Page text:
2. Harris strongly supports “familial DNA searching,ˮ in which police take DNA samples from crime scenes and compare them to existing databases to look for not just any direct matches in criminal databases, but any familial matches. Police have gradually expanded the practice’s reach, from checking DNA collected against existing samples of convicted criminals to checking them against samples in the databases of genealogy web sites and genetic-testing companies like 23andMe and Ancestry.com. California allows the collection and preservation of DNA samples from anyone who is arrested, even if they’re not charged with a crime.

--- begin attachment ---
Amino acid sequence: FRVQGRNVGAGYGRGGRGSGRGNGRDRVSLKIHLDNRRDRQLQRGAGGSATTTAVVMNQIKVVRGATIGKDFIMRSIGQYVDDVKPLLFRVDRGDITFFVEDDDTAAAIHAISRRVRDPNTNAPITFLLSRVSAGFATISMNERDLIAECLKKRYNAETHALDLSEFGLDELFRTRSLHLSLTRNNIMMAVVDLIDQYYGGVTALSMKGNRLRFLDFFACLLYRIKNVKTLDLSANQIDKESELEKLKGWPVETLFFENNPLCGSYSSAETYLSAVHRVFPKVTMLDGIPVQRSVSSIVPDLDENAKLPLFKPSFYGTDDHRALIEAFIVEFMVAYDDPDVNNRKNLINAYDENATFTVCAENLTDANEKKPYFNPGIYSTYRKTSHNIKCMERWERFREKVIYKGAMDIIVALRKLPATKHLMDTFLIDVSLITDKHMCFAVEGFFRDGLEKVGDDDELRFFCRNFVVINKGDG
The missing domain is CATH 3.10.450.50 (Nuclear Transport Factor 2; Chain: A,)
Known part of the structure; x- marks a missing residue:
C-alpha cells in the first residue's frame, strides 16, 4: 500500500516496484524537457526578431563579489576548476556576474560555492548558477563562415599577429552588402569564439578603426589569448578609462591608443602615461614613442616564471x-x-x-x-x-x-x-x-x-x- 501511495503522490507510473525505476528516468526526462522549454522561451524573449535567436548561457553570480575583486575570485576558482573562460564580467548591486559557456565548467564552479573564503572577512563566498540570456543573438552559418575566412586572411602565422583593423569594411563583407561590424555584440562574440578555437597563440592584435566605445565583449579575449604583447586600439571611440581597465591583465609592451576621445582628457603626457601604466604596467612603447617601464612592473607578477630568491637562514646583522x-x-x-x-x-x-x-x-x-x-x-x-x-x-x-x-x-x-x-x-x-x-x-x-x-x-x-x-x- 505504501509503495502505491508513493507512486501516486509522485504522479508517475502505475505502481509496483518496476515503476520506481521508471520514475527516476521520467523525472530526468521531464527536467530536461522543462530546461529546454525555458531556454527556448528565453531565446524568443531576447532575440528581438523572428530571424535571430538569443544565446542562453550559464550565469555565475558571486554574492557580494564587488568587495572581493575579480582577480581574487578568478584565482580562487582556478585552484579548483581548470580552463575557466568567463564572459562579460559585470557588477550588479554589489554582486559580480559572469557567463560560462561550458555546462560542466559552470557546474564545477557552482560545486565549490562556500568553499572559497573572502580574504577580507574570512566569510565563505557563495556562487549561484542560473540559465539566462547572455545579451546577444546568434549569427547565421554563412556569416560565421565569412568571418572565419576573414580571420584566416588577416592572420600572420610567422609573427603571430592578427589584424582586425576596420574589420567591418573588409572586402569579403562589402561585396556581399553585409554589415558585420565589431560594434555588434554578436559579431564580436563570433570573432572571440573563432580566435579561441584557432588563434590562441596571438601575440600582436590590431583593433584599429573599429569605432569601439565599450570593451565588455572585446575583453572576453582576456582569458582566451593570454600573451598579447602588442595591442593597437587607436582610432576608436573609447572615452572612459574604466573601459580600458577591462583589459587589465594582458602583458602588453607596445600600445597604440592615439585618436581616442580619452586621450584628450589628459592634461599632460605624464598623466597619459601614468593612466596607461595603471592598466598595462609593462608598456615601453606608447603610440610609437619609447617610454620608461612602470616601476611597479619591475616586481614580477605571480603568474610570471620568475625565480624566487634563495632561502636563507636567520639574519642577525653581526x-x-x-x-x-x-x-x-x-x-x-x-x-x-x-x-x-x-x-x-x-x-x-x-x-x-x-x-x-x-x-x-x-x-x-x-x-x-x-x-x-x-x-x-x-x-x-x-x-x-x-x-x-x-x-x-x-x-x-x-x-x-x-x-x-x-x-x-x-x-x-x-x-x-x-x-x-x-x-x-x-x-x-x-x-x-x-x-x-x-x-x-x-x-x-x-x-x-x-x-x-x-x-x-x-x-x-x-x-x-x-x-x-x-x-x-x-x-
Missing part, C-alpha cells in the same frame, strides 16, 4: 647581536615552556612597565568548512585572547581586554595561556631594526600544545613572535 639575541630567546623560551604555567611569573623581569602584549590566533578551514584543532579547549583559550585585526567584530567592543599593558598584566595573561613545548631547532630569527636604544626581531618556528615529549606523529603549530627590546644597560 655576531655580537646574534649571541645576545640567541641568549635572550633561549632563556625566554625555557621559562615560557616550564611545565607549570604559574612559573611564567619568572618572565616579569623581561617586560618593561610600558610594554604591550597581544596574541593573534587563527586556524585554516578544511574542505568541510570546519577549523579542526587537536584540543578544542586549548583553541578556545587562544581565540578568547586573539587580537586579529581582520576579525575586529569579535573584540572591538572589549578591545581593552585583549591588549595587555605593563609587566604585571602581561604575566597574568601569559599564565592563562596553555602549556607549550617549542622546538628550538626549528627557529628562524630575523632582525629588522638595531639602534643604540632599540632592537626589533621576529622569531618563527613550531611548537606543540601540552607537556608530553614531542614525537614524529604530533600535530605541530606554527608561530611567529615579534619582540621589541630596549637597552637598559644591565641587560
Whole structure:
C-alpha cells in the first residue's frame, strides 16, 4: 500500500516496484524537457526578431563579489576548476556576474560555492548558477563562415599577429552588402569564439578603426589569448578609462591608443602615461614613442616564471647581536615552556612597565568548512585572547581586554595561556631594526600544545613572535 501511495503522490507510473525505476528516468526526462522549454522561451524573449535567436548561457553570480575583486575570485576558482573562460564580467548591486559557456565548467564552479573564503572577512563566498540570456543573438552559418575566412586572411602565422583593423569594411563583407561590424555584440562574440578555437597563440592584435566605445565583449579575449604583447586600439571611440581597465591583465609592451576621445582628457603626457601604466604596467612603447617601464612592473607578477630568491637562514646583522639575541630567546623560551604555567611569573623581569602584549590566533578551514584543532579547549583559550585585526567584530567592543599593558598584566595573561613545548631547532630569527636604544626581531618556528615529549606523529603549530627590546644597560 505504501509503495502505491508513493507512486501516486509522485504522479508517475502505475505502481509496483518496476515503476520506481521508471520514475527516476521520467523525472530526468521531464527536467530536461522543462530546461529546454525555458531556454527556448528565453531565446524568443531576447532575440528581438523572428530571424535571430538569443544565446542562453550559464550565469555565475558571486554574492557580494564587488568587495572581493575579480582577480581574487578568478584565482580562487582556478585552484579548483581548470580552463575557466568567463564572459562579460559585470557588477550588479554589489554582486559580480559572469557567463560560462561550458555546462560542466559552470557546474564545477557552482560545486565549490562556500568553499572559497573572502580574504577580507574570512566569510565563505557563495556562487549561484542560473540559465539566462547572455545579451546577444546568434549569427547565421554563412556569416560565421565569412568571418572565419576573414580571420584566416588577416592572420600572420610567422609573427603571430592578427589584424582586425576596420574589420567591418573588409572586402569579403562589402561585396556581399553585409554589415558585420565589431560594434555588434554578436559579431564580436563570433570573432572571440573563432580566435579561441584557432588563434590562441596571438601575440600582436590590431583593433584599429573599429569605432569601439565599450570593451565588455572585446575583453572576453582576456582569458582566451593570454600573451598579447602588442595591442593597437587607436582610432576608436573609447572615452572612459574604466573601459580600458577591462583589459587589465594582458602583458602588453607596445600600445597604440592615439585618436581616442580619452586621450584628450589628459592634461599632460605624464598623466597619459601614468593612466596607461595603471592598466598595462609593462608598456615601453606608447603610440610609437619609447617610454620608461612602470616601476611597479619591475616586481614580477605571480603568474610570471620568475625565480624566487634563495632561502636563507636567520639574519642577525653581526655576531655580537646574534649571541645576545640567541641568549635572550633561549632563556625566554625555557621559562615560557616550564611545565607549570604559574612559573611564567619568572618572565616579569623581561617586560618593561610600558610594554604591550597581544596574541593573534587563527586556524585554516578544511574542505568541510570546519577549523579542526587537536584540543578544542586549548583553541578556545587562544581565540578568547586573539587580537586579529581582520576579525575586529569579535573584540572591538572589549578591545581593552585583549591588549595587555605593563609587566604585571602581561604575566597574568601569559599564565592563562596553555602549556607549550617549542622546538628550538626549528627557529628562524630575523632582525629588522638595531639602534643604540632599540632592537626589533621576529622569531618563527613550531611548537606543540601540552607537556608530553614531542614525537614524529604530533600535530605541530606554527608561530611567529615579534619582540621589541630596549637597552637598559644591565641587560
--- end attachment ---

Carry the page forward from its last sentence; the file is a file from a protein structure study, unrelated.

3. Harris also has been a strong advocate of civil asset forfeiture. She supported a bill in California that would have allowed prosecutors to seize assets before initiating criminal proceedings — a power now available only at the federal level — if there were a “substantial probability” they would eventually initiate such proceedings. Besides cases involving violent crimes, the legislation allowed seizures in cases involving such crimes as bribery, gambling, and trafficking endangered species. Harris endorsed the bill after then-attorney general Eric Holder sharply limited civil asset forfeiture among federal prosecutors. She argued that the practice gave local and state law-enforcement officials “more tools to target the illicit profits [of transnational criminal groups] and dismantle these dangerous organizations.”